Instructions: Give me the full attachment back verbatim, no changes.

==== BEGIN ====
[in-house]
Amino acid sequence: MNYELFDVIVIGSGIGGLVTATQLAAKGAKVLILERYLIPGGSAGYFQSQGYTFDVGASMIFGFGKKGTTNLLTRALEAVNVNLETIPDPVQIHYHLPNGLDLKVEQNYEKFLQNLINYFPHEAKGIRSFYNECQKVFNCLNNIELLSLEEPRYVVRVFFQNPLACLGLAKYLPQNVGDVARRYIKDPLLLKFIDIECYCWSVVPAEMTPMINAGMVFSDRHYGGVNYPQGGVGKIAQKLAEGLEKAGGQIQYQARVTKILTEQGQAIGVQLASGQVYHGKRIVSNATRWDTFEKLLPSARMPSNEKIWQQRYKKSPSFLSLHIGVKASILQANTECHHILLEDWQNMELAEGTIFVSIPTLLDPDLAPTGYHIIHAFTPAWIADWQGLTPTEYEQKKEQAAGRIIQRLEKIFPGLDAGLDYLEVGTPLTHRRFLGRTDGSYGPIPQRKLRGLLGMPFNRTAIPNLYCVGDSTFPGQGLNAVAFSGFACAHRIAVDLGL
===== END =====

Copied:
[in-house]
Amino acid sequence: MNYELFDVIVIGSGIGGLVTATQLAAKGAKVLILERYLIPGGSAGYFQSQGYTFDVGASMIFGFGKKGTTNLLTRALEAVNVNLETIPDPVQIHYHLPNGLDLKVEQNYEKFLQNLINYFPHEAKGIRSFYNECQKVFNCLNNIELLSLEEPRYVVRVFFQNPLACLGLAKYLPQNVGDVARRYIKDPLLLKFIDIECYCWSVVPAEMTPMINAGMVFSDRHYGGVNYPQGGVGKIAQKLAEGLEKAGGQIQYQARVTKILTEQGQAIGVQLASGQVYHGKRIVSNATRWDTFEKLLPSARMPSNEKIWQQRYKKSPSFLSLHIGVKASILQANTECHHILLEDWQNMELAEGTIFVSIPTLLDPDLAPTGYHIIHAFTPAWIADWQGLTPTEYEQKKEQAAGRIIQRLEKIFPGLDAGLDYLEVGTPLTHRRFLGRTDGSYGPIPQRKLRGLLGMPFNRTAIPNLYCVGDSTFPGQGLNAVAFSGFACAHRIAVDLGL